What I like most about his training plans is he recognizes that people run multiple marathons each season, and addresses how to approach and train for them. However, he doesn’t recommend less than four weeks between each race – something I disregarded twice during the spring when I ran back to back weekends. As a matter of fact, my fall race schedule is shaping up and it presents a new challenge that I’ve hesitated to try in the past. A double marathon weekend. That means two marathons, one weekend. 52.4 miles in two days. I realize there are people out there who run ultra marathons and cover this distance in one day, but I’m not one of those people. So yeah, I’m feeling like this is going to be one tough weekend and my toughest challenge to date. I’m up for it.

To prepare, I’m following Pfitzinger’s plan of running 55-70 miles per week. I usually run 50+ miles per week at my peak of my marathon training. I’m kicking things up a little, but not excessively. I could have chosen one of his plans with more miles (70-85 miles per week), but I really want to make it to the starting lines of both races. I don’t think running more miles than what I’ve settled on would be beneficial because I don’t have the base to begin running 70 miles a week right out of the starting gates. I did, however, feel it was necessary to moderately increase the amount of miles per week that I’m running specifically because of the nature of my goal. As far as pace goals go for these races, I have none. Just to run both races, and live to tell about it. Well, and knock two states off of my list in the process. I’ll be hitting up New Hampshire for the Saturday race, and Maine for the Sunday race.

The other interesting principle that Pfitzinger builds his training plans on are the “medium-long runs”. He considers a medium long run to be anything in the 11-15 mile range. So, not only are you doing your “long run” each week, but a medium-long run is included. For example, in the week where I run 70 miles, I have a 22 mile long run but also a 15 mile medium long run earlier in the week. Since I’m preparing for two days of long mileage, I feel as though this would be another worthwhile training principle to incorporate. It also falls in line with my personal philosophy:  if you want to get faster and stronger, run more miles. Sure, speed work and hills will help but it’s no substitute for endurance and a strong base. Any intelligent marathon training plan spends the first few weeks (or more) focusing on building mileage. Speed and intensity are incorporated later, when the body is used to the distance.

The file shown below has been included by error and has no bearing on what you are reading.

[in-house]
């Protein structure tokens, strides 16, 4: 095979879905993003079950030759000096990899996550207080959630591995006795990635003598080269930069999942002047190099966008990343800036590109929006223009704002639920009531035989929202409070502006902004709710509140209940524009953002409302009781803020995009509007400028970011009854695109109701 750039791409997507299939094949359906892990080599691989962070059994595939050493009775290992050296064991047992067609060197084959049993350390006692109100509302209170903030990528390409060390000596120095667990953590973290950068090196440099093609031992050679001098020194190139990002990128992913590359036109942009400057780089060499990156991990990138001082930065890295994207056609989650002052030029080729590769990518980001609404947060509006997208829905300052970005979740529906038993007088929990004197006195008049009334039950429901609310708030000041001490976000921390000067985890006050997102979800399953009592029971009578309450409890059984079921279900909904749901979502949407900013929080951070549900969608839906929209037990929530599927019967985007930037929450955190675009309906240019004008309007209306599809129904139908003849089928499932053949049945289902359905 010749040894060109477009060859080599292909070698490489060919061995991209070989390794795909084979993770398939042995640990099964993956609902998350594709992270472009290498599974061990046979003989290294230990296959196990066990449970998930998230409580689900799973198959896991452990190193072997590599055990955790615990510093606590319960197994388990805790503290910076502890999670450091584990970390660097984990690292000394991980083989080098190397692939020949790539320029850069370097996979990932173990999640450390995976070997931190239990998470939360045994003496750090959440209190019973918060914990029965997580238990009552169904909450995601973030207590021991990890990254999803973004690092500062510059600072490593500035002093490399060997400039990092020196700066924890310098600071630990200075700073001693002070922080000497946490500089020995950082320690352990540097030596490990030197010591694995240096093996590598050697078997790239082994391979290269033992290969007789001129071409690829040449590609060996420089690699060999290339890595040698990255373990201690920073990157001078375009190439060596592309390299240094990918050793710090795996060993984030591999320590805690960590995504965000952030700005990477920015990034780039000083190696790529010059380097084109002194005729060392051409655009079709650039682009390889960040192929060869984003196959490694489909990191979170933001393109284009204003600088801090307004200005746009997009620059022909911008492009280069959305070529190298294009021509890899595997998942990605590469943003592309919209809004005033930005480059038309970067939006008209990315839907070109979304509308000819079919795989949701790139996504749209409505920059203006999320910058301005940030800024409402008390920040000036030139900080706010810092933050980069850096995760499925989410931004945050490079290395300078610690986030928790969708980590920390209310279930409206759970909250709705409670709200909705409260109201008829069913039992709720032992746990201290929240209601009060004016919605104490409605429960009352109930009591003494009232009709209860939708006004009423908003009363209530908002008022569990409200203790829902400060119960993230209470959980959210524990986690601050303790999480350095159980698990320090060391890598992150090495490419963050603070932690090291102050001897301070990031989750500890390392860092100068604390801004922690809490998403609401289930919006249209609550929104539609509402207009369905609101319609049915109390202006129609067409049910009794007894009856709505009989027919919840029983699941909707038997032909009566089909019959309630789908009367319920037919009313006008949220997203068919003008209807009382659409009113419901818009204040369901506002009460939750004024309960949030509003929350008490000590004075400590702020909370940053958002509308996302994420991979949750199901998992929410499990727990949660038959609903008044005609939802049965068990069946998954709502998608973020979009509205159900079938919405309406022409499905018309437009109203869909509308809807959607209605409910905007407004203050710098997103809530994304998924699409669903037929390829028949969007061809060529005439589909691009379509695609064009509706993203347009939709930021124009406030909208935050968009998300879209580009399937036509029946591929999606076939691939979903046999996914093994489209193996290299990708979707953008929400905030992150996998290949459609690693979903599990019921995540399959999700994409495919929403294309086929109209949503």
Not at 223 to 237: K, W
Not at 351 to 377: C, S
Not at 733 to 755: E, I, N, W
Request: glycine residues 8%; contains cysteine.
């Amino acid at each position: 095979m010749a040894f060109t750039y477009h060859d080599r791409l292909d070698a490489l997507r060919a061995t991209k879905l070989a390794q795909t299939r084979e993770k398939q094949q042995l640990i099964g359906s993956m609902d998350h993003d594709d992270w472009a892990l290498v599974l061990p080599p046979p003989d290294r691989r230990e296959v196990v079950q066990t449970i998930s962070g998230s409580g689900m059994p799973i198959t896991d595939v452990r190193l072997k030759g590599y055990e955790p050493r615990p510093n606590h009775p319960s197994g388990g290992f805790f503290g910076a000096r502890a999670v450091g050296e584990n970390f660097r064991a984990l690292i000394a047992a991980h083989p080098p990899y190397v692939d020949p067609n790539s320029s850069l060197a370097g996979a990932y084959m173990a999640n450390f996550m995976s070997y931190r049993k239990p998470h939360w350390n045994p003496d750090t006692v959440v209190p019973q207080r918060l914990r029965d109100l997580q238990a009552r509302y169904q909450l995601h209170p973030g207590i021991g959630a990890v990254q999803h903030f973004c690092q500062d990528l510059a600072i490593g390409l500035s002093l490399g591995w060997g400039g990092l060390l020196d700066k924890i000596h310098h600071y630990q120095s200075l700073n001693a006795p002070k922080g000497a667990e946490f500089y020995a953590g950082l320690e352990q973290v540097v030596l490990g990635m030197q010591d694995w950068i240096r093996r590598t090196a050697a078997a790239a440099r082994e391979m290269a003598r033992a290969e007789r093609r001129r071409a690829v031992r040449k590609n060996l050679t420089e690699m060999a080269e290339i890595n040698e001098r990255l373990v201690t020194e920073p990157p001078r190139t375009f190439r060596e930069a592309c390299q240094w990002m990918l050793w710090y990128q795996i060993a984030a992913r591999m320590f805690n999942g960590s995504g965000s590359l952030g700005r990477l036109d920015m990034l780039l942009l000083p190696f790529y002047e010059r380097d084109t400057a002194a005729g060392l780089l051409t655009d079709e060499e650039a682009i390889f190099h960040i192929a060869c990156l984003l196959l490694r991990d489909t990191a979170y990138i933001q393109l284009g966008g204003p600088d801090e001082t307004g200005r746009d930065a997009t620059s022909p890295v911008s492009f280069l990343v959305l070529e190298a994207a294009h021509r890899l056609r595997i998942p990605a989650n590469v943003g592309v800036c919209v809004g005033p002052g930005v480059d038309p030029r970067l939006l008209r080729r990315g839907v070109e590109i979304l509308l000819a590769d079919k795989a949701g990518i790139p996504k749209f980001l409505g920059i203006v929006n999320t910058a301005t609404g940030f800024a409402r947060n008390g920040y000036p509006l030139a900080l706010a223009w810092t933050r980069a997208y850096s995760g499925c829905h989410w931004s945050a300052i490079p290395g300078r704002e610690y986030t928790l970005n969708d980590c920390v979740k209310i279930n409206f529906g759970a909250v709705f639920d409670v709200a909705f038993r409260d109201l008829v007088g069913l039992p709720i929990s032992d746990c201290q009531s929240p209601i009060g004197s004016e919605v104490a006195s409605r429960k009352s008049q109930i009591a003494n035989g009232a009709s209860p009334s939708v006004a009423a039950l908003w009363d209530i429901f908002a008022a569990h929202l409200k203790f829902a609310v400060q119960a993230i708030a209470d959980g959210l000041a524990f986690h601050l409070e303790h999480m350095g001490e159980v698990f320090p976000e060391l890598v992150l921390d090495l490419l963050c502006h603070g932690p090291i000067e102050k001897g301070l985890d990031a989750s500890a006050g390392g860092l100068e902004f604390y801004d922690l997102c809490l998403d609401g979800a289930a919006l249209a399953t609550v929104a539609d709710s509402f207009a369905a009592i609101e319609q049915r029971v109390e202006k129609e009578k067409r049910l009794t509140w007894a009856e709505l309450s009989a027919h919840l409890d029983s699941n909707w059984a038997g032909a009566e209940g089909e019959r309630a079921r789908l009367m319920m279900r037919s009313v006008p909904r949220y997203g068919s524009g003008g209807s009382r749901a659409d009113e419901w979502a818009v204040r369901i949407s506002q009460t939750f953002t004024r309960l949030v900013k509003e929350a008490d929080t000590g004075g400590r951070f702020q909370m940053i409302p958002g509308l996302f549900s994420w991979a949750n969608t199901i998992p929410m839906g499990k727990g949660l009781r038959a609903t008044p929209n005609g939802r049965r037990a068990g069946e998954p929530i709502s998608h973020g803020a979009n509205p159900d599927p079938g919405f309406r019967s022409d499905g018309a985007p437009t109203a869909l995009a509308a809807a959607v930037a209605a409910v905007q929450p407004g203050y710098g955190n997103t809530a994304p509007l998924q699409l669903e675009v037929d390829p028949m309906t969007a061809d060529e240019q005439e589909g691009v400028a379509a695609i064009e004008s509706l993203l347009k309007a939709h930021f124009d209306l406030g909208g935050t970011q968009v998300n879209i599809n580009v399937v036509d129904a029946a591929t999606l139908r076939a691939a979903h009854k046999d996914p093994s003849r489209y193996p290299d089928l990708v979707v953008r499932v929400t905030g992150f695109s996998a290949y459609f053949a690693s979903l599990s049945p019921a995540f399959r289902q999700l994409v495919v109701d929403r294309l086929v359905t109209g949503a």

I ran the Quadzilla 15K at the Trexler Game Preserve on Sunday, and my time was a few minutes slower than last year. I’m not bummed because I’d already ran 54 miles for the week and biked 50 miles the day before. I didn’t taper for that race and it wasn’t one of my target races, so I just went out and ran as hard as I could that day. The humidity was almost unbearable but I still felt pretty strong and was the 7th female to cross the finish line. It wasn’t a PR and I didn’t win any awards, but I still consider it to be a successful day. It also made me realize how much I want to get out and run the game preserve trail more often, because that’s some badass hill training to incorporate in my schedule.

Besides the double weekend, my fall schedule is full of some great races. As Pfitzinger reinforces in his book, you can’t race them all. Meaning it’s a good idea to have different goals for different races. My goal for the double weekend completing is to come away relatively unscathed. In November, I’m heading down to West Virginia for the Marshall Marathon, and in December I’m off to Alabama to run the Rocket City Marathon. Both are potential PR courses. I’m currently targeting Marshall as my potential PR race, but I wouldn’t be opposed to racing Rocket City, either. I also have a number of shorter distance races in my schedule, so I have to be realistic and smart about which ones I race, and which ones I run for fun. Alabama could end up being a fun run with no goal except to check the state off my list. I’m okay with that, because I’m okay with signing up for races without the intention to actually race them.

For the current moment, the countdown is on for the Steelman Triathlon on August 11th. I’m following my marathon training, biking often, swimming a little , and getting on my yoga mat daily to prepare. My first goal is to just have fun with it. My secondary goal is to beat my time from when I did the race in 2009. I’m swimming less, but biking and running much more. And finally, my most challenging goal is to break three hours. Ultimately, I’m going out there to have fun and be among my friends, which I’ve already been able to do throughout the training. So really, I’d say I already achieved my first goal.